Don’t mini-whiteboards address all these issues?! You get instant feedback from every child. They aren’t broadcasting that they think they don’t understand something, they are giving you an actual mathematical answer that you judge the accuracy of yourself. It is more subtle than directly admitting you can’t do something in front of your peers. What other AfL technique flushes out misconceptions the way mini-whiteboards do? They allow algebraic answers just as easily as numerical or wordy ones. Within a few minutes of a mini-whiteboard starter, asking probing questions you can easily understand what level of previous knowledge pupils have on a topic. You know which kids to differentiate for at both ends. In a mini-whiteboard plenary you can ask key questions and judge for yourself whether the kids understand what it is you wanted them to learn. At under £50 for a class set, you’ll do well to find a better value AfL resource.

I’m open minded to new AfL strategies and technological options, but they have to offer something better for teaching and learning than existing approaches. As yet, I’ve not seen a better way of getting specific, instant feedback in a way that 100% of kids engage with than mini-whiteboards. For now, they’re here to stay in my classroom.

Some tips I’ve gained from wonderful people about managing and getting the most from mini-whiteboards:

  1. Set pupils a question to answer before you give the boards out. It gets them focused straight away.
  2. Alternatively… They have the creative urge to draw pictures; embrace it. Give them 1 min to draw the best picture of Marge Simpson or a breakdancing stickman, then judge the winner. Then say “now we get on with the maths…” They know they get the time to expunge their creative desires then will focus on the maths, especially if they know this is the deal.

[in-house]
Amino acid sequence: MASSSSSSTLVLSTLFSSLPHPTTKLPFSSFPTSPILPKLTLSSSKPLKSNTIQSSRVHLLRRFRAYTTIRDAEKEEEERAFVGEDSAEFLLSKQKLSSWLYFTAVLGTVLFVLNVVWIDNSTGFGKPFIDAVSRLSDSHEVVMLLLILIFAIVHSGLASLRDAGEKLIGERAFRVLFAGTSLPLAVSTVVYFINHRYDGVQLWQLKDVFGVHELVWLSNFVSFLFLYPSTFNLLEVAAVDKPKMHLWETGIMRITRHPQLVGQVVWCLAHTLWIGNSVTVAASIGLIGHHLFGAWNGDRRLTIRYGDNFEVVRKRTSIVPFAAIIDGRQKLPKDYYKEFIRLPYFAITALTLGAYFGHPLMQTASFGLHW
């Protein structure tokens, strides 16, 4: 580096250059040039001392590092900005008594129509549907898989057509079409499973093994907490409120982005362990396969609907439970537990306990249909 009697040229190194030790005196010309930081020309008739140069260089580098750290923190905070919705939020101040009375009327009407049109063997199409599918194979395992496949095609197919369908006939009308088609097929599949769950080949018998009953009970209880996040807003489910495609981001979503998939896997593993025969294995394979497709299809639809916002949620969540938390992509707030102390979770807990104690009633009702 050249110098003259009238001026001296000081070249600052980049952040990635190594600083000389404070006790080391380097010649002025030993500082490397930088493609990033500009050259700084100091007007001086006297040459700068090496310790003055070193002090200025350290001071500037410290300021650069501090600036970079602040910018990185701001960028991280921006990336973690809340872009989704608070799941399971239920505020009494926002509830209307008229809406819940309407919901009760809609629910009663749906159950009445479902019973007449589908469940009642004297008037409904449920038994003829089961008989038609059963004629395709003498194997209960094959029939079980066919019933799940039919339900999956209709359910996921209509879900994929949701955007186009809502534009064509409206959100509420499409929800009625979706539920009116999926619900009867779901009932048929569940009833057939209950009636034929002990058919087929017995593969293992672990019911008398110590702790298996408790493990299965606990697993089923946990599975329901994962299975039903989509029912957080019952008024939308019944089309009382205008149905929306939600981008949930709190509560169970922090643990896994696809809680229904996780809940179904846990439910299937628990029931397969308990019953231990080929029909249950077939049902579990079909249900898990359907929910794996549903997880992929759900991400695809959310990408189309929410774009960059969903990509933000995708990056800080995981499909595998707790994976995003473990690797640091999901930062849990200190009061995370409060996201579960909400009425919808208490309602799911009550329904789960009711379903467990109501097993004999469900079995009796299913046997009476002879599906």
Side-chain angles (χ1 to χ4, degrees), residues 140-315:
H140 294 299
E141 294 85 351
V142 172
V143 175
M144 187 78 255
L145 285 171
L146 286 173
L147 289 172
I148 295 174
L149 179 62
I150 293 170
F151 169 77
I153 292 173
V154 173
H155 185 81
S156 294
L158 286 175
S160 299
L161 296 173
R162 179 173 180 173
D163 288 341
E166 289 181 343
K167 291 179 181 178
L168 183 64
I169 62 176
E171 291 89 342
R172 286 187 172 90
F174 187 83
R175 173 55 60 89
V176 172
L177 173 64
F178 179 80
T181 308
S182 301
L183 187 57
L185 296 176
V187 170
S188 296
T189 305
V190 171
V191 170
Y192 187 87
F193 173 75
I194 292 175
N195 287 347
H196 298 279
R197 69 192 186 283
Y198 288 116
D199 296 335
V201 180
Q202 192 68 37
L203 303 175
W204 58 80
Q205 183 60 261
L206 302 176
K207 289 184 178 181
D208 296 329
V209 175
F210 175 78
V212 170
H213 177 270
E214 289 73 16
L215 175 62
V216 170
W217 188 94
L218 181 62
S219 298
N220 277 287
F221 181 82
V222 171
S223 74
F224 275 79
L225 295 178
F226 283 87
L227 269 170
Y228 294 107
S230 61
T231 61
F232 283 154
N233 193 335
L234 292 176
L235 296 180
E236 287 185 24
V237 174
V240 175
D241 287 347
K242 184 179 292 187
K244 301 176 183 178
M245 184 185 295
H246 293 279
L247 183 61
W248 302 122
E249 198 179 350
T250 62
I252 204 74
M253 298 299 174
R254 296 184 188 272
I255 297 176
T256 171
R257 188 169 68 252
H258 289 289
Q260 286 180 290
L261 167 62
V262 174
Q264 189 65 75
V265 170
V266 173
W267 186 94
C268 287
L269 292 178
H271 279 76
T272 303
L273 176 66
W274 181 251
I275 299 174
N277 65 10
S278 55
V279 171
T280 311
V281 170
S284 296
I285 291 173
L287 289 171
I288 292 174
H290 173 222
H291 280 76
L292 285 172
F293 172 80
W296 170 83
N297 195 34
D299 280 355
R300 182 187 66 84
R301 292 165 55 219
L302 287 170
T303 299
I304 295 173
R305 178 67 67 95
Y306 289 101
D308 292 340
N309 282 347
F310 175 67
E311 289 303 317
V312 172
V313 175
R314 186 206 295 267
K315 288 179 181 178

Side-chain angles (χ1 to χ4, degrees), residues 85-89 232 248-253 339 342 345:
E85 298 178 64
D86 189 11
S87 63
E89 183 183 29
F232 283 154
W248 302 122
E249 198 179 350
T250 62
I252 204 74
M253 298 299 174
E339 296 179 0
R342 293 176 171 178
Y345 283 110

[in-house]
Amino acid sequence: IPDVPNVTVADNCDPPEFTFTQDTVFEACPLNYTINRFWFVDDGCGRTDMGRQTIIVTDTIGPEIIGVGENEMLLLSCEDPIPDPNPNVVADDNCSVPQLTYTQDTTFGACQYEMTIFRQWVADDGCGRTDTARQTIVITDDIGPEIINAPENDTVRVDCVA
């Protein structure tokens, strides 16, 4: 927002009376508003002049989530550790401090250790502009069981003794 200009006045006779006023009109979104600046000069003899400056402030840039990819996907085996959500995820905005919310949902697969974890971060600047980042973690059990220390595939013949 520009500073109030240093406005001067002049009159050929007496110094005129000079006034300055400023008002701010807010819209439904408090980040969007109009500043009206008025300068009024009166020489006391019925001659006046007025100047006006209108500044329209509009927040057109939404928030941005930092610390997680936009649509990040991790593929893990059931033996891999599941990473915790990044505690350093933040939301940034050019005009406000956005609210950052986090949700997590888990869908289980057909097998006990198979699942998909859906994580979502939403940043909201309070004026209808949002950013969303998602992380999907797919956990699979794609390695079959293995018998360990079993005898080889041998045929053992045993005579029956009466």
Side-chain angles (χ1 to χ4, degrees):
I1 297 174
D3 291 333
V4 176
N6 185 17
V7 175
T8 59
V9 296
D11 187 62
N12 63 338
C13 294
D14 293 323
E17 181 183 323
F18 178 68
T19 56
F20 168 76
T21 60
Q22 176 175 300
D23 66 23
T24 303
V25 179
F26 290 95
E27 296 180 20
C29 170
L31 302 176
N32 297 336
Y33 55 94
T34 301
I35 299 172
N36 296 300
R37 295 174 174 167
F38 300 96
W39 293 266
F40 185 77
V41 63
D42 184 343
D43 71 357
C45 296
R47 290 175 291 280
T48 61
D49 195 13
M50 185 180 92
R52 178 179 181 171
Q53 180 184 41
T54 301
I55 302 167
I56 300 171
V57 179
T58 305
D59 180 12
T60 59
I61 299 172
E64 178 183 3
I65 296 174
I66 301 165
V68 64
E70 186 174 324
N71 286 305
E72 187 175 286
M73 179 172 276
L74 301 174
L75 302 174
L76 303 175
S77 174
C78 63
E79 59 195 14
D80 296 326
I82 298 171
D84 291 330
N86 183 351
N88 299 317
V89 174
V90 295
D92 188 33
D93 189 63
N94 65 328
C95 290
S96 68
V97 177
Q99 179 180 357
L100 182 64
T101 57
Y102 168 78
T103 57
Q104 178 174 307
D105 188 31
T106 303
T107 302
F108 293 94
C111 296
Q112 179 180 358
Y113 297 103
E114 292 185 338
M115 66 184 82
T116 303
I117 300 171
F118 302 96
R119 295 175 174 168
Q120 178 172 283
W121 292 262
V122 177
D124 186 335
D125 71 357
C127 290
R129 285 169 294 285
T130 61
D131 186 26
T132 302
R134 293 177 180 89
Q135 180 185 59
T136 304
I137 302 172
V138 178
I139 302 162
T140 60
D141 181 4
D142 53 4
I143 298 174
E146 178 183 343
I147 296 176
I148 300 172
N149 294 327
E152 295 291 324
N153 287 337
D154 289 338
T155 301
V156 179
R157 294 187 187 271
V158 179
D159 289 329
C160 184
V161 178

3. Get them to answer their question on the mini-whiteboard but then to all raise them together. This avoids the people who are a bit slower from just copying from what they see most people have done.
  4. Make one a question then pass it on. Get pupils creating questions and then passing to others to solve. It then gets passed on to someone else to check, mark and if necessary, correct. Interesting discussions about the maths can follow!
  5. Go around the room and grab a selection of whiteboards with kid’s answers on. Some correct ones and some with misconceptions. Shuffle them, then discuss key issues. That way it is not immediately obvious whose wrong answer you are discussing. The kids often then feel less worried about making mistakes and are more willing to have a go.
Enhanced by Zemanta

You may also like...

2 Responses

  1. Jane says:

    I also find it helps (boys in particular) who have confidence issues. They can literally ‘wipe the slate clean’ if they make a mistake rather than look at previous errors made in books. Stumbled on this by accident, but makes a massive difference.

  2. Ned says:

    I think the usage of the mini-whiteboard is great way to promote collaborative and co-operative learning. Not only it stimulates creativity, it also capitalizes creativity as well as fostering communication both students-to-students and students-to-teacher. Great for presentation and language games too.

Leave a Reply

Your email address will not be published. Required fields are marked *